A Painful Decision
When his mother Mary had been betrothed to Joseph, before they came together she was found to be with child from the Holy Spirit. And her husband Joseph, being a just man and unwilling to put her to shame, resolved to divorce her quietly. (Matthew 1:18-19)
Have you ever wondered why God sent the angel to inform Mary that she would coneive the Messiah by the Holy Spirit, yet forced Joseph to agonize over what to do about Mary's pregnancy before sending the angel to him? Imagine what those throbbing, awkward hours must have been like for him.
Joseph felt a twinge of anxiety. He sensed something unusual in Mary’s request that he come.
When he arrived she was standing under the tree near her father’s house where, as a betrothed couple, they were given some supervised privacy. Mary wasn’t herself. She was staring at the ground. She seemed burdened.
“Mary, is something wrong?”
She looked up at him intensely. “Joseph…“ She paused. “I’m pregnant.”
A blast of shock and disbelief hit him, blowing away all his coherent thoughts for a moment. His legs quavered. He grabbed at the tree to steady himself. It felt solid, rooted.
He stared at her. He was numb. No words came. Everything seemed surreal.
Mary was still looking at him with her intense eyes. He saw no shame in them. No defensiveness, no defiance. Not even tears. They looked…innocent. And they were searching his eyes for an answer.
Mary broke the charged silence. “What I need to tell you next I don’t even know how to say.”
Joseph leaned harder into the tree, bracing himself. He looked down to Mary’s feet. Her feet. They looked just the same as they did when he believed she was pure.
That was what made everything so strange. Mary looked as chaste as she ever did. If she had been the flirtatious type or had some discernible character weakness, this news might have been comprehendible. But Mary was literally the very last person Joseph would have suspected of unfaithfulness. He could not imagine her with another lover. He didn’t want to know who it was.
“I know this will be very difficult to believe. But I need you to listen to me.” Still looking at Mary’s feet, Joseph’s nod was barely detectable.
“I have not been unfaithful to you.”
Joseph lifted his eyes to hers. Rape? That might explain her innocence. But why wouldn’t she tell me —
“God has caused me to become pregnant.”
This statement flew around his mind, looking for a place to land. It found none.
“Joseph, I know how it sounds. But I’m telling you the truth.” Then Mary described an angelic visit and the message she had received. She was to bear a son, conceived by the Holy Spirit, who would be called the Son of the Most High who would sit on David’s throne forever. God was the baby’s father. Mary was pregnant with the Messiah.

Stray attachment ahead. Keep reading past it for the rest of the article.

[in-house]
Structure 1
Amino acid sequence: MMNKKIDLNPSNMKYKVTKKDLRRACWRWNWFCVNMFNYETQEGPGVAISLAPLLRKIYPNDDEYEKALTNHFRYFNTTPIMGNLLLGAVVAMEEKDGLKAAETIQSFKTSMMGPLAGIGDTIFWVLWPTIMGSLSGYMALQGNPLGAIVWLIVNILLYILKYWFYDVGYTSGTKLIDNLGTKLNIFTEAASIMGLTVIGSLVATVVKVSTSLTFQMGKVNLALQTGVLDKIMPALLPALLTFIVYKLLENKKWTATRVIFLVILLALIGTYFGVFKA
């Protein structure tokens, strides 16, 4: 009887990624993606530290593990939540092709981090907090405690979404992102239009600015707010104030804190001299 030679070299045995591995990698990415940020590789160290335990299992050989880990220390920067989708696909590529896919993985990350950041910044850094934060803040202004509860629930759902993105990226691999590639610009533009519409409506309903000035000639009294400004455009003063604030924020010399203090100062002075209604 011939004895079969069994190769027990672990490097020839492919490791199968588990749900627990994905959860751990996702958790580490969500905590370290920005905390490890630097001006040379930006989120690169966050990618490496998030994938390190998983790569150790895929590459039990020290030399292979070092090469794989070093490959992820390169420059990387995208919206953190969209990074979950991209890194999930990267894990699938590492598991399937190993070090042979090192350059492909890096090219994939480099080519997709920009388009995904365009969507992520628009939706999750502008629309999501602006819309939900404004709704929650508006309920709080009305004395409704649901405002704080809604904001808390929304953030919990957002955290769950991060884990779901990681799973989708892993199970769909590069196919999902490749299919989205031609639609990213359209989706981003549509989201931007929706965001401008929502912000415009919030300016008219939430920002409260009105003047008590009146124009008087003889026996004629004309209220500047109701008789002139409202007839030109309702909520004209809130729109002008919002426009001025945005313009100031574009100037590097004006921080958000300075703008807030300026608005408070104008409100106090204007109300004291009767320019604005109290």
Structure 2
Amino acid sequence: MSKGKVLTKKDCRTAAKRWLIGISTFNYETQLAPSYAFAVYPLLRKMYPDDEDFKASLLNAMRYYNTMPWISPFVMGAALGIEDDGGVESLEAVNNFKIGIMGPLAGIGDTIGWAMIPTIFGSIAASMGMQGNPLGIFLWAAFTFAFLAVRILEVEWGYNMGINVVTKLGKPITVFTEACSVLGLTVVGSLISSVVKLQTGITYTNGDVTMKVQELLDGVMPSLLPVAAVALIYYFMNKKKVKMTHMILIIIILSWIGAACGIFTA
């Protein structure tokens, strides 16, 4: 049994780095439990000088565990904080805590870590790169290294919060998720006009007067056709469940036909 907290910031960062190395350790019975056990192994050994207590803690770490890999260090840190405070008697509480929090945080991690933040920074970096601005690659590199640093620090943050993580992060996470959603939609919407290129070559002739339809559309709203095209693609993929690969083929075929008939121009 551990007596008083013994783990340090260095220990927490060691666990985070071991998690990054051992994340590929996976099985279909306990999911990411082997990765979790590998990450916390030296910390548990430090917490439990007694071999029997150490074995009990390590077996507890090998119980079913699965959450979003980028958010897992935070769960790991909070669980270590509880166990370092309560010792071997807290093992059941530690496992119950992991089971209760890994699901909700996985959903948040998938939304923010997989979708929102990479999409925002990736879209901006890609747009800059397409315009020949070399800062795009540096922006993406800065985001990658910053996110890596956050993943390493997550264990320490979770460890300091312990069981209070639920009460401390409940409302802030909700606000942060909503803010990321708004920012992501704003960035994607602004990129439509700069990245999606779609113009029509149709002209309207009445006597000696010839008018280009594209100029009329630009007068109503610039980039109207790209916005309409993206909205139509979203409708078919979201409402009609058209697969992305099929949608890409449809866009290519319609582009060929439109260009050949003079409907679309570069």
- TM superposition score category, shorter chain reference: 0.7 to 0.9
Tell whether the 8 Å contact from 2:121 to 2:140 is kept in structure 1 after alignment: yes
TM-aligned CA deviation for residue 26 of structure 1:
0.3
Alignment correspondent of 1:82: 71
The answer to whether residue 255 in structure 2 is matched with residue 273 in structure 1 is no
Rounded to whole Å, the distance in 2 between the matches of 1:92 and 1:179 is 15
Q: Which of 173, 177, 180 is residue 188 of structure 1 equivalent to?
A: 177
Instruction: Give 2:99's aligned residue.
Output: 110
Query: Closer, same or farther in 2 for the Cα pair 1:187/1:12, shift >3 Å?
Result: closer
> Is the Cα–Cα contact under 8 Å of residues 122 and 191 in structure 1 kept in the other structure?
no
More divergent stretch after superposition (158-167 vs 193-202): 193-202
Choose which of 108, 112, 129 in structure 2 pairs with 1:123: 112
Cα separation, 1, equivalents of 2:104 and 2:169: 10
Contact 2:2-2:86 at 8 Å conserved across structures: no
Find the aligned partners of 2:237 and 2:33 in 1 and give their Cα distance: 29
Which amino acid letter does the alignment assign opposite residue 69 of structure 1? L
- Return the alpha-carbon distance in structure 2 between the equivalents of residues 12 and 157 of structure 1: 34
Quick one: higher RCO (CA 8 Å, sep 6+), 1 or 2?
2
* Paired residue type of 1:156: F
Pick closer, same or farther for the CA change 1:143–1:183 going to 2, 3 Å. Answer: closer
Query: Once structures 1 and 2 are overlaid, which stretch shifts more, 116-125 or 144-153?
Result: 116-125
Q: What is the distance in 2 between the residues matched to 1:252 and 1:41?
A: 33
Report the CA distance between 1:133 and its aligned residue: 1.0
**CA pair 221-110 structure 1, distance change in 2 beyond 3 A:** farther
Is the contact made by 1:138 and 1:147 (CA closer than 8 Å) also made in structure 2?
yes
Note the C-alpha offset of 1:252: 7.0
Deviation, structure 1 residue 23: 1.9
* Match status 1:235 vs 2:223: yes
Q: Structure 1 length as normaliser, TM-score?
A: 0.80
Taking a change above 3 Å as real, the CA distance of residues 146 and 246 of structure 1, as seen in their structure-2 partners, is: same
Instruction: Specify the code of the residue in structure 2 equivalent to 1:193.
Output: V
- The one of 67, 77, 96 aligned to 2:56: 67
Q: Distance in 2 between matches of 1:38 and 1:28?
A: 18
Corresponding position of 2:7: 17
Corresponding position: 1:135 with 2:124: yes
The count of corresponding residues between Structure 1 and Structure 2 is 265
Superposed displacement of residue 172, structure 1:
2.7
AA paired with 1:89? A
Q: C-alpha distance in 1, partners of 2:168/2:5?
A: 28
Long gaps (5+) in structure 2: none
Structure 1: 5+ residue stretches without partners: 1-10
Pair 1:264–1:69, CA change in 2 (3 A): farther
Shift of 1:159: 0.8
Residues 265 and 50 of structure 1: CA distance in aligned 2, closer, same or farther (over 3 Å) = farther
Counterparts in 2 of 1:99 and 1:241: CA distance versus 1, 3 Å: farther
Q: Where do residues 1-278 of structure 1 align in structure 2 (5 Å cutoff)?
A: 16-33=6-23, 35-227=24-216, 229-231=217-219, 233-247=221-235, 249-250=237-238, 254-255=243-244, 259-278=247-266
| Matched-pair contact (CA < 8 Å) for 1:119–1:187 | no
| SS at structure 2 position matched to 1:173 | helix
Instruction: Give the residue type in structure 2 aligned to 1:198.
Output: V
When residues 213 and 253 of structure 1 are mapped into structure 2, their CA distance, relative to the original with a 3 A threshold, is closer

She sounded as sane as ever. Nothing about her was different. Except that she was claiming to be pregnant with God’s child. He felt like his brain was exploding. Was she adding blasphemy to adultery? He could not conceive of her being capable of either.
“I…I don’t even know what to say to you, Mary. I can’t even think straight. I need to be alone.”
Joseph spent the late afternoon walking up on the brow of the hill that overlooked Nazareth. Things were clear up there. From this height he could see the Sea of Galilee to the east, and to the west he could just see the blue Mediterranean on the horizon.
But he could not see how Mary’s story could be true. There was nothing like it in the Torah or the Prophets that he could remember. “God, show me what to do!” He must have prayed this a hundred times.
The sun was setting as Joseph walked back toward the nearly finished house that was to be their home. Just that morning, working on the roof, had been dreaming of the happy voices of children — his and Mary’s children — that someday would fill this house. That dream was now dead. His decision was made. Mary’s claims were too incredible, maybe even delusional. He needed to end the betrothal, but he resolved to do it as quietly as possible to shield Mary from avoidable shame. He still loved her.
That night he fell asleep, exhausted from grief. And then the angel came to him and and resurrected his dream with a wildness and wonder that was beyond comprehension.
God chose Joseph for his role just as he chose Mary for hers. But he dealt with them differently. He could have told them both in advance about Jesus, but he didn't. He informed Mary but not Joseph. Then God allowed what must have been a horribly awkward conversation to happen.
At that point, Joseph faced a very painful decision. And God did not rescue him from it immediately. He allowed Joseph to struggle in grief and bewilderment for a time. Being a just man (Matthew 1:19) Joseph assessed Mary's claims in the integrity of his heart, and, I think we can assume, with a deep trust in God. He made the best decision that he could, one he believed was both just and merciful.
But it turned out to be the wrong one, because God was doing far more abundantly than Joseph could ask or think (Ephesians 3:20). And that's when God, full of mercy, intervened. He gently corrected Joseph and gave him the guidance he needed.
God will not spare us from all awkward and painful decisions. Neither does he spare us from all wrong decisions resulting from our fallen finiteness, even if they are made in the integrity of our hearts. God has his purposes in all of these. But what we can trust him to do is faithfully give us the correction and guidance we need at the time he deems right.
The Joseph Trilogy (Part 2): A Stable of Desperation
The Joseph Trilogy (Part 3): (Un)Planned Detours